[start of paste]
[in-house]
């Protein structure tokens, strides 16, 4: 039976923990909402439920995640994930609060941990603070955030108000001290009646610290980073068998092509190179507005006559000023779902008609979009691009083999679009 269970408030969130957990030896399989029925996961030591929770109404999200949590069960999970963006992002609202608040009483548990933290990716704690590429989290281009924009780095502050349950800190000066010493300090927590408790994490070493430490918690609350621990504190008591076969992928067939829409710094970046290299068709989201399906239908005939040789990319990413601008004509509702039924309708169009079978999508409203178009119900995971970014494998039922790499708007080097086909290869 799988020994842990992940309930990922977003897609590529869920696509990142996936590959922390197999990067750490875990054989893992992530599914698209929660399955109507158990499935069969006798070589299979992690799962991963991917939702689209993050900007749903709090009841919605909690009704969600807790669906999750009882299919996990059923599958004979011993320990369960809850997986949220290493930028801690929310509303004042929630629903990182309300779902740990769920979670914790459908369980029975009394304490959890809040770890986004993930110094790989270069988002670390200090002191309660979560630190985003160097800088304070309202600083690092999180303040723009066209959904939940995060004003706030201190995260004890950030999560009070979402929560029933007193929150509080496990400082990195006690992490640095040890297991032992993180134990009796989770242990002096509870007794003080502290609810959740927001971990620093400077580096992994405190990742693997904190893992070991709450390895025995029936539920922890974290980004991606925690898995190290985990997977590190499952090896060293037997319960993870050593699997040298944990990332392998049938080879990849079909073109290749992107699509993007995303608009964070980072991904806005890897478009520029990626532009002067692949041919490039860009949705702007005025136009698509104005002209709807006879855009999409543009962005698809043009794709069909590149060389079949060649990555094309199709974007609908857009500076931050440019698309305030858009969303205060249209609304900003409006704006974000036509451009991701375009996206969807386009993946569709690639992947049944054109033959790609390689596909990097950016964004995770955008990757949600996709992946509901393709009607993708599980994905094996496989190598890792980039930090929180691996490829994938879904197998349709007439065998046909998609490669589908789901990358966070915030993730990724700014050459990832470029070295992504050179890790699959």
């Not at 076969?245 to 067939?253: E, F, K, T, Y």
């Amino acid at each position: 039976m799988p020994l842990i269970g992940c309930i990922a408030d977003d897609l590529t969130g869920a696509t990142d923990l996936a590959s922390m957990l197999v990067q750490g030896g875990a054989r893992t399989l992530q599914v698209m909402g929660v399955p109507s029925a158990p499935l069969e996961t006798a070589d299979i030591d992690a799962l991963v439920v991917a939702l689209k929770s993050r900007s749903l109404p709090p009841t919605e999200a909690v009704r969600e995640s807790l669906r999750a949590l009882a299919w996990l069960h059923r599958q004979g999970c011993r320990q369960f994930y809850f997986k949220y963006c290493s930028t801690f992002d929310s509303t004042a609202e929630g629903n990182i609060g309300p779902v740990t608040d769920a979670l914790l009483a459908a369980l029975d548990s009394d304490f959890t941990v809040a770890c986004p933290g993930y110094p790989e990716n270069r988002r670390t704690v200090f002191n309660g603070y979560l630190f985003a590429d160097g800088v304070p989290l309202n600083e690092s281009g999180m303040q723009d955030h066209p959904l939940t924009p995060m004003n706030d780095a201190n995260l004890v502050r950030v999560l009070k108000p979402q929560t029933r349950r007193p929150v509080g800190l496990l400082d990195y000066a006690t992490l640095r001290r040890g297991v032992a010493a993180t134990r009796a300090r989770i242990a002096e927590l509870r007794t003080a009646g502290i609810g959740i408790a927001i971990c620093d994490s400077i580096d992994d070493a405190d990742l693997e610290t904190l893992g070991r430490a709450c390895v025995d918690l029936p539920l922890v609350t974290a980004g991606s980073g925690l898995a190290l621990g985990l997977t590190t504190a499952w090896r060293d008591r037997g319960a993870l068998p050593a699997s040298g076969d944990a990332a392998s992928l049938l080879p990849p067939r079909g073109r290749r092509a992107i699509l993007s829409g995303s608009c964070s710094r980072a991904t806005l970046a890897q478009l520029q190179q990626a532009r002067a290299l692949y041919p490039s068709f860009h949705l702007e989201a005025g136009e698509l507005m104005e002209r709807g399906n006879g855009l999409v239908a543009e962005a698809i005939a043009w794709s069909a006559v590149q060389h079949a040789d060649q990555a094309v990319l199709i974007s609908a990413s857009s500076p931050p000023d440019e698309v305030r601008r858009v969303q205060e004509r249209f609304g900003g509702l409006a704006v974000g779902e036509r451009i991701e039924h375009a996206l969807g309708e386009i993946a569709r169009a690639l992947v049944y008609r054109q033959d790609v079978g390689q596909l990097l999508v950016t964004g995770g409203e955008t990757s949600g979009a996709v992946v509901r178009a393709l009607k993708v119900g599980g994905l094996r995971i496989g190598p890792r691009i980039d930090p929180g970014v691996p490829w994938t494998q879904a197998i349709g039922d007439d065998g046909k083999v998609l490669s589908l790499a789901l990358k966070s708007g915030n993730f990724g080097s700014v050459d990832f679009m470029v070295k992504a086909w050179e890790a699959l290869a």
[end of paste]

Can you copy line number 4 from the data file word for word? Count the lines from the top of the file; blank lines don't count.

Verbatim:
């Amino acid at each position: 039976m799988p020994l842990i269970g992940c309930i990922a408030d977003d897609l590529t969130g869920a696509t990142d923990l996936a590959s922390m957990l197999v990067q750490g030896g875990a054989r893992t399989l992530q599914v698209m909402g929660v399955p109507s029925a158990p499935l069969e996961t006798a070589d299979i030591d992690a799962l991963v439920v991917a939702l689209k929770s993050r900007s749903l109404p709090p009841t919605e999200a909690v009704r969600e995640s807790l669906r999750a949590l009882a299919w996990l069960h059923r599958q004979g999970c011993r320990q369960f994930y809850f997986k949220y963006c290493s930028t801690f992002d929310s509303t004042a609202e929630g629903n990182i609060g309300p779902v740990t608040d769920a979670l914790l009483a459908a369980l029975d548990s009394d304490f959890t941990v809040a770890c986004p933290g993930y110094p790989e990716n270069r988002r670390t704690v200090f002191n309660g603070y979560l630190f985003a590429d160097g800088v304070p989290l309202n600083e690092s281009g999180m303040q723009d955030h066209p959904l939940t924009p995060m004003n706030d780095a201190n995260l004890v502050r950030v999560l009070k108000p979402q929560t029933r349950r007193p929150v509080g800190l496990l400082d990195y000066a006690t992490l640095r001290r040890g297991v032992a010493a993180t134990r009796a300090r989770i242990a002096e927590l509870r007794t003080a009646g502290i609810g959740i408790a927001i971990c620093d994490s400077i580096d992994d070493a405190d990742l693997e610290t904190l893992g070991r430490a709450c390895v025995d918690l029936p539920l922890v609350t974290a980004g991606s980073g925690l898995a190290l621990g985990l997977t590190t504190a499952w090896r060293d008591r037997g319960a993870l068998p050593a699997s040298g076969d944990a990332a392998s992928l049938l080879p990849p067939r079909g073109r290749r092509a992107i699509l993007s829409g995303s608009c964070s710094r980072a991904t806005l970046a890897q478009l520029q190179q990626a532009r002067a290299l692949y041919p490039s068709f860009h949705l702007e989201a005025g136009e698509l507005m104005e002209r709807g399906n006879g855009l999409v239908a543009e962005a698809i005939a043009w794709s069909a006559v590149q060389h079949a040789d060649q990555a094309v990319l199709i974007s609908a990413s857009s500076p931050p000023d440019e698309v305030r601008r858009v969303q205060e004509r249209f609304g900003g509702l409006a704006v974000g779902e036509r451009i991701e039924h375009a996206l969807g309708e386009i993946a569709r169009a690639l992947v049944y008609r054109q033959d790609v079978g390689q596909l990097l999508v950016t964004g995770g409203e955008t990757s949600g979009a996709v992946v509901r178009a393709l009607k993708v119900g599980g994905l094996r995971i496989g190598p890792r691009i980039d930090p929180g970014v691996p490829w994938t494998q879904a197998i349709g039922d007439d065998g046909k083999v998609l490669s589908l790499a789901l990358k966070s708007g915030n993730f990724g080097s700014v050459d990832f679009m470029v070295k992504a086909w050179e890790a699959l290869a």